GuZoo owner says still in control despite deadline to remove animals

GuZoo owner Lynn Gustafson has been given two more days to start finding new homes for his animals.

GuZoo owner Lynn Gustafson has been given two more days to start finding new homes for his animals.

Gustafson said on Wednesday that he has been negotiating with Ron Bjorge, executive director of wildlife management for Alberta Sustainable Resource Development.

Gustafson met with Bjorge on Tuesday to talk about decommissioning his private zoo.

He was ordered last Wednesday by provincial officials following a review by the Canadian Association of Zoos and Aquariums.

Although the negotiations continue, Gustafson said he is doing the work and research to declare the facility a parsonage and that it will be reopened for public visits on Friday.

“We’re not waiting for them (the province), really, to make a decision one way or another. We’re in control of the place now,” said Gustafson.

“Under the Charter of Rights, we have the right to control our own destiny, so that’s what we have taken. Under God’s domain, we are in charge of the animals.”

Gustafson said all of the animals on his farm will be available for public viewing.

While stating that the negotiations he has had with Bjorge have gone well, Gustafson said the government has not given him written notice of the order to decommission his zoo and that it does not have any jurisdiction over the animals under his care.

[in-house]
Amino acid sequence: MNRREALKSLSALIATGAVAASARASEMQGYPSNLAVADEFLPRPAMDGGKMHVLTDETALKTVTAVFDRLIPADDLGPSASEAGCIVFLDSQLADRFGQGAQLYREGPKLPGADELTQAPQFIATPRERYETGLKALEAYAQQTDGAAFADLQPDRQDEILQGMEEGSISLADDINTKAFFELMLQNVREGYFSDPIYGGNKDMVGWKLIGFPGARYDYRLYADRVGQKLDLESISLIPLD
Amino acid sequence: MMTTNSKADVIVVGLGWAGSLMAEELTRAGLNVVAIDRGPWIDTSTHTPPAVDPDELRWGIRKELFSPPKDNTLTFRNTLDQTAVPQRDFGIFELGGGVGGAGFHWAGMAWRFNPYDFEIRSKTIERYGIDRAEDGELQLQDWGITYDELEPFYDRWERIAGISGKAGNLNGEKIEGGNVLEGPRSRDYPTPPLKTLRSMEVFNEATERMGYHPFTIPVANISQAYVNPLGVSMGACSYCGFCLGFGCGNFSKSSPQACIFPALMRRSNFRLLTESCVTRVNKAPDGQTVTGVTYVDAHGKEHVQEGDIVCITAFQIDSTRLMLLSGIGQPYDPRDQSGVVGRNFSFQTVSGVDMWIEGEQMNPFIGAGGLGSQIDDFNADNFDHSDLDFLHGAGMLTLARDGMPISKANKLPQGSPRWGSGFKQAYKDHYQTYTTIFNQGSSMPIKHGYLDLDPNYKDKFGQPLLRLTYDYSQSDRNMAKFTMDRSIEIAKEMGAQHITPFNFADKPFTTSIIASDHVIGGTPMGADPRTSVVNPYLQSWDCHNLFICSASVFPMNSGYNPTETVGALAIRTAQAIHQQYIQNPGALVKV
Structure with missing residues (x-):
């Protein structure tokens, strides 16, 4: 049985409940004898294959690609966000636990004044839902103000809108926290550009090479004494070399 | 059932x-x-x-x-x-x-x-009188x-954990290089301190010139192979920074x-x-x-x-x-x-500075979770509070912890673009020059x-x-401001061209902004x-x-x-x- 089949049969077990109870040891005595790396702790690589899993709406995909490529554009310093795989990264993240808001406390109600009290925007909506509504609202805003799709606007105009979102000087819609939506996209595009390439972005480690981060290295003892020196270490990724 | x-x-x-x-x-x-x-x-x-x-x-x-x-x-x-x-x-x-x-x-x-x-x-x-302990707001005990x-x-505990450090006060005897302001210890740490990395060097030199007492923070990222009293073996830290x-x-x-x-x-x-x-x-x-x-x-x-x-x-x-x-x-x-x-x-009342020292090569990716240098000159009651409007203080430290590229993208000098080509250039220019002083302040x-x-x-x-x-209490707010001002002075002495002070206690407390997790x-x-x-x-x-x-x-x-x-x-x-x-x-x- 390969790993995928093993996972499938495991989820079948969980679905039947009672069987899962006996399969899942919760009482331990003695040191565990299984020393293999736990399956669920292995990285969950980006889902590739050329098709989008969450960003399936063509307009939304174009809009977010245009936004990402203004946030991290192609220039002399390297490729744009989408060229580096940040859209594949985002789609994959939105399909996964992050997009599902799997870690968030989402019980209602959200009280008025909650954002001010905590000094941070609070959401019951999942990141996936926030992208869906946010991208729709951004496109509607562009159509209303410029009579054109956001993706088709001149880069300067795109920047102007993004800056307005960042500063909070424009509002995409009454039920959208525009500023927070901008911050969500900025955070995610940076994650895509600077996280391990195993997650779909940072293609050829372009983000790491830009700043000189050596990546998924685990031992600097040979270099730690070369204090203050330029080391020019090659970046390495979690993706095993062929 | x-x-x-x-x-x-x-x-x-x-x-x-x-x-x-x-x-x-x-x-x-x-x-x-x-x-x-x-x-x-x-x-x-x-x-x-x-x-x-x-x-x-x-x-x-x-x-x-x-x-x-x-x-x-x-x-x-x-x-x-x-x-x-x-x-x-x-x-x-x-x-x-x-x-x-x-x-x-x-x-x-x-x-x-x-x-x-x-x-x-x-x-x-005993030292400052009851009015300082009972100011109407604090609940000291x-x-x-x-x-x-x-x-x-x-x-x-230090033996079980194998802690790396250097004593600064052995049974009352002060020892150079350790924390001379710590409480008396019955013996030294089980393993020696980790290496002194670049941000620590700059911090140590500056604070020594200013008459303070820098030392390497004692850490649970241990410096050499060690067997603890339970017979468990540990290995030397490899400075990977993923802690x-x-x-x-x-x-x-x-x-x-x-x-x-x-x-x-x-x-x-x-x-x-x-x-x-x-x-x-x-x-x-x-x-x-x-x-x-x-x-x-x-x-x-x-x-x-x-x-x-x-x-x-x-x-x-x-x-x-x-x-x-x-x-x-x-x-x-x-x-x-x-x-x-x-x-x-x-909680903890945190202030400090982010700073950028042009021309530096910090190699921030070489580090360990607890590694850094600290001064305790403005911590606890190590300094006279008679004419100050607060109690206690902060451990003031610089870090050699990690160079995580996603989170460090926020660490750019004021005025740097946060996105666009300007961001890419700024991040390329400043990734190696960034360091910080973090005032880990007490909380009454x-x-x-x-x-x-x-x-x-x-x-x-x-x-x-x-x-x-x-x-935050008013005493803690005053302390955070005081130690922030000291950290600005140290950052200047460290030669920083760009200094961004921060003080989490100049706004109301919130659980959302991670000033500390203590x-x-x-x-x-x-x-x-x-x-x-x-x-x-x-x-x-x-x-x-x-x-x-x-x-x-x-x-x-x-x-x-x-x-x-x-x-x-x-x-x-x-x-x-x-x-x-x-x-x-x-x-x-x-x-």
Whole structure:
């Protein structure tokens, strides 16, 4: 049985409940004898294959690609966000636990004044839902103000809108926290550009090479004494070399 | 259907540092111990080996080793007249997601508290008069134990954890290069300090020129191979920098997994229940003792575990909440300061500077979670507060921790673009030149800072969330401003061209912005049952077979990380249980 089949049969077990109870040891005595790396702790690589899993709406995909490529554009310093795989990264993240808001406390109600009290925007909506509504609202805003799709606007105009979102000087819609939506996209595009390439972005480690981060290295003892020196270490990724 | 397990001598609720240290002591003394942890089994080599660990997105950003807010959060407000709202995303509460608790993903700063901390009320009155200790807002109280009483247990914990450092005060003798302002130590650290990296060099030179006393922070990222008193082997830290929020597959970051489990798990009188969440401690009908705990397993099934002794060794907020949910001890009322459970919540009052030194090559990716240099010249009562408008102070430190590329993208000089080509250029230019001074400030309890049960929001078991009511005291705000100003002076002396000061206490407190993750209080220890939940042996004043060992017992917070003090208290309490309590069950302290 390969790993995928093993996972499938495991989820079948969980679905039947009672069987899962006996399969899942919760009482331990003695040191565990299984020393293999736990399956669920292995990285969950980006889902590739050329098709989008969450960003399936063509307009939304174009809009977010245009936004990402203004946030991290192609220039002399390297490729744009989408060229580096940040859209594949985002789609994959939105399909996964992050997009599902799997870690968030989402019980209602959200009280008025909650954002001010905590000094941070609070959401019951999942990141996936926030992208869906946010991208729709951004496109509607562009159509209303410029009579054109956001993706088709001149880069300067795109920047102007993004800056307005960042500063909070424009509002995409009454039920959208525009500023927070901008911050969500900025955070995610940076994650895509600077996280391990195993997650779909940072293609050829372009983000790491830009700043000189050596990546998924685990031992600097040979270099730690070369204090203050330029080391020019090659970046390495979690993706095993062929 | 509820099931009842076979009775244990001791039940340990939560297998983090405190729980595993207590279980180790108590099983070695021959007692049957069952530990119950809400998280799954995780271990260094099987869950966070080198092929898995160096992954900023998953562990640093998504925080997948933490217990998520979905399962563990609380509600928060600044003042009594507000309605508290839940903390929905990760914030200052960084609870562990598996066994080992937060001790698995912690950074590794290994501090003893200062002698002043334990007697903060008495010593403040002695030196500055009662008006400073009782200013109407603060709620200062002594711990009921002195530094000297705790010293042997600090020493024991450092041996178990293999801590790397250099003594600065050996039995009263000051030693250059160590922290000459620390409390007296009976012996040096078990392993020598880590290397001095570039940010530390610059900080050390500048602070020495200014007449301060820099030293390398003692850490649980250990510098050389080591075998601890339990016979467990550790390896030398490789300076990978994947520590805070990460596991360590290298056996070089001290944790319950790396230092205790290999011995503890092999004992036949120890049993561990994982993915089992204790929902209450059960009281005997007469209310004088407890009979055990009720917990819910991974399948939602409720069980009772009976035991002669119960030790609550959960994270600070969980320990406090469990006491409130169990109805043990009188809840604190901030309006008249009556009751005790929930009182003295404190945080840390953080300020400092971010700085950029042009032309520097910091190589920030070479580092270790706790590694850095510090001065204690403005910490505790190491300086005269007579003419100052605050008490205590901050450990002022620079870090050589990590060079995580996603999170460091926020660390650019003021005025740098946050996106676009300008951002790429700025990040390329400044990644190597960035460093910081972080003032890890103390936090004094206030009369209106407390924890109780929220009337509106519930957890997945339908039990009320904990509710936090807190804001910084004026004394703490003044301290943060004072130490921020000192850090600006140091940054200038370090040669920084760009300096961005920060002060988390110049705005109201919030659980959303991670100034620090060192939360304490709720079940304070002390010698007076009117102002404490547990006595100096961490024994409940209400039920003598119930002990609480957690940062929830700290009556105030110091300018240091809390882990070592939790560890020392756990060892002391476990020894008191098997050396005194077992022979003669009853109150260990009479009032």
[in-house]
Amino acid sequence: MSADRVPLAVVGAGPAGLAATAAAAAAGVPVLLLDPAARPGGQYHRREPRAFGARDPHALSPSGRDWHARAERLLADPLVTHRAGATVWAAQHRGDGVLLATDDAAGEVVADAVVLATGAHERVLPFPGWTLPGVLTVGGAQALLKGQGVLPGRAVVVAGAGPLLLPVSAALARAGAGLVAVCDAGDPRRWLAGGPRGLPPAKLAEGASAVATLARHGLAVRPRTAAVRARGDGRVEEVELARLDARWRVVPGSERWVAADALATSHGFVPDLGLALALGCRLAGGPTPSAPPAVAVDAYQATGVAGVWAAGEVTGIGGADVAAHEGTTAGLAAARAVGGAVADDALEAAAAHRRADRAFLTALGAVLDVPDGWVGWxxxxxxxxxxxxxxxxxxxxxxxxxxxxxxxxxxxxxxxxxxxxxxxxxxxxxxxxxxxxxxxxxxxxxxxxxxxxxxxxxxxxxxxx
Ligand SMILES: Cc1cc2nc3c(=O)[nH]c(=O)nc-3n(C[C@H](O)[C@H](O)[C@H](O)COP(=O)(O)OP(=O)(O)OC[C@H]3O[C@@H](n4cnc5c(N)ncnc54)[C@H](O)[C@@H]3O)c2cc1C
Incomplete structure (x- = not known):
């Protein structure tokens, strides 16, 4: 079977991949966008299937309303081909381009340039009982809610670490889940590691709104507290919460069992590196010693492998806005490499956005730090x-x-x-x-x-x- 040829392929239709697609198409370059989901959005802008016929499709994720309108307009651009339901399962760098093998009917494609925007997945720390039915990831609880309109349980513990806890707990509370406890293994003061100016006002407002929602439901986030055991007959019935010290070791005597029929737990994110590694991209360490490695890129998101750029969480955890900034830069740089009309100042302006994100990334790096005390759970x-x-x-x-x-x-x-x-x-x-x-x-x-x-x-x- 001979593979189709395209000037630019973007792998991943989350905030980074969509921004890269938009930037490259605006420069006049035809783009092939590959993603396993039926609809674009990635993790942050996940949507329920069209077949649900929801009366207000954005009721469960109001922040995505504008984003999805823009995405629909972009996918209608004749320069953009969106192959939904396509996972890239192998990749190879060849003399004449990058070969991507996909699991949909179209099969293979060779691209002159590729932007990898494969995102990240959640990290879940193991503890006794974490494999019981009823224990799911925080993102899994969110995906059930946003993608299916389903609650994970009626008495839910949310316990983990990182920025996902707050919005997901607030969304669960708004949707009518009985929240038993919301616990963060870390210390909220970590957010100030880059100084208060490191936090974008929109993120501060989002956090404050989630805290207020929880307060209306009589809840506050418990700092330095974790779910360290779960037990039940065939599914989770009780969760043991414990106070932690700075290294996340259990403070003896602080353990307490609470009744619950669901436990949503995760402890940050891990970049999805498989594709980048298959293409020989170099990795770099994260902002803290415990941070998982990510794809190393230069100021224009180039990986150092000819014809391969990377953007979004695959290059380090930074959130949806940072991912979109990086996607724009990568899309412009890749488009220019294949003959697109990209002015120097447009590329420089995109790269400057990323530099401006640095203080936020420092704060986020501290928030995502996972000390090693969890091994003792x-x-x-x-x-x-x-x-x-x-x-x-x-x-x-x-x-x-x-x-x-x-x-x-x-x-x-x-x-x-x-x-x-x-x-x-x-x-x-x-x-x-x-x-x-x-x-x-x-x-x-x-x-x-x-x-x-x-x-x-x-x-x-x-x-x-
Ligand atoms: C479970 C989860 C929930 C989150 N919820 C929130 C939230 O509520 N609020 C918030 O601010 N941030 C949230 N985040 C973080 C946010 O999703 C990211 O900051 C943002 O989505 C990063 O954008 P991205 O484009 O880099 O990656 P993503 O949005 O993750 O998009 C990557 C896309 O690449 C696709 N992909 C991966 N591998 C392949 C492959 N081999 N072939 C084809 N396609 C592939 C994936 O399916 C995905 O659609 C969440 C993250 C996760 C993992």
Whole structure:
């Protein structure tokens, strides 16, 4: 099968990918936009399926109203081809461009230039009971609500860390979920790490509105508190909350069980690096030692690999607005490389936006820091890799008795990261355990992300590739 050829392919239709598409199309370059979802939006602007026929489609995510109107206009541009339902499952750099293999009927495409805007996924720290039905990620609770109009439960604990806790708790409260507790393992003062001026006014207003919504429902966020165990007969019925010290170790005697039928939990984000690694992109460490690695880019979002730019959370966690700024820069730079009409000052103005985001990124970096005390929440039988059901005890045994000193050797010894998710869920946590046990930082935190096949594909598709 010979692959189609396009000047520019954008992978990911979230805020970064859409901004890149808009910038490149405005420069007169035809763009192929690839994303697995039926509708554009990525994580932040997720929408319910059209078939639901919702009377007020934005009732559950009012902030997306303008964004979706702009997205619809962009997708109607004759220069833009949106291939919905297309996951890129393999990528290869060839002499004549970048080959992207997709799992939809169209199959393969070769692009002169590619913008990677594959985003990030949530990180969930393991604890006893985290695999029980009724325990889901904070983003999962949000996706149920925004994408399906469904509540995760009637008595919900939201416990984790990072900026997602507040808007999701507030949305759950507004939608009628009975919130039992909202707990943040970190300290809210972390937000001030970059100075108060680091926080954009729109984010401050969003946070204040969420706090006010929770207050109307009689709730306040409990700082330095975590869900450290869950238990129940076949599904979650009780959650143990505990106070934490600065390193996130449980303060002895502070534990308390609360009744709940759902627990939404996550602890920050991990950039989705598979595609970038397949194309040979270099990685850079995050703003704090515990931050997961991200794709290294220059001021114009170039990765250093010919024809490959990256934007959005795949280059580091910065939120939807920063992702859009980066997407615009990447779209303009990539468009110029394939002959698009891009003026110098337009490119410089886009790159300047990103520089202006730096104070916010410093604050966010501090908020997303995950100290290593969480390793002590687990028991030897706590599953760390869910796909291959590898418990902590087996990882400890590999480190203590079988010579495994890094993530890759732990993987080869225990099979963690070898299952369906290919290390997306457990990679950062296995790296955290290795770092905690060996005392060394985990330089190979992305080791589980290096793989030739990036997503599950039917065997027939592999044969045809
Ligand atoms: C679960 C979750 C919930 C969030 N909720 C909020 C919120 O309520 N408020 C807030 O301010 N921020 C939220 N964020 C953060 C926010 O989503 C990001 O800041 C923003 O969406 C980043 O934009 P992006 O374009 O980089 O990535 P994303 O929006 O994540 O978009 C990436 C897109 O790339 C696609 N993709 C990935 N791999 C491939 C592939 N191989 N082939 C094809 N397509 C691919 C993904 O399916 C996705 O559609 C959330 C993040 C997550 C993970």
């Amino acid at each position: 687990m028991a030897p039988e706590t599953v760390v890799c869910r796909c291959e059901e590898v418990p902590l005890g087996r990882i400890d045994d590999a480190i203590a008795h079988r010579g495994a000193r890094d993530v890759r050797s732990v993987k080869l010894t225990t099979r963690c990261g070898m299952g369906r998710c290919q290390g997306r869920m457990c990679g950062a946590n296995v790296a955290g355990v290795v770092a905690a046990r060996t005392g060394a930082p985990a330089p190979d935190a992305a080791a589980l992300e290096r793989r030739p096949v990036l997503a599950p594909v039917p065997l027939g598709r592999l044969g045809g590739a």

“What decommissioning? We should be able to have something written to us, not read it in the newspaper. If you’ve got something in writing, then you’ve got something to argue about.”

Alberta’s Wildlife Act gives the province authority over private ownership of wild and exotic animals while the Animal Protection Act, administered by Alberta Agriculture and Rural Development, extends that same level of authority over farm animals, said Dave Ealey, issues manager for Alberta Sustainable Resource Development.

Zookeeping is covered under rules covered within those two pieces of legislation, said Ealey.

Therefore, regardless of any declaration Gustafson wants to make concerning his property, the province maintains jurisdiction over the animals, said Ealey.

He confirmed that a two-day extension has been granted on the order issued last week.

“We’re continuing to work toward finding a decommissioning procedure and to find safe and secure homes for those animals,” he said.

Decommissioning plans are included in the development plan of every zoo in the province, said Ealey.

“We’re following his plan, that was part of what was in his zoo development plan. We’re going to continue to work with that,” he said.

“I don’t know under what basis he can declare his land a parsonage but that has, really, no bearing on our action here.”

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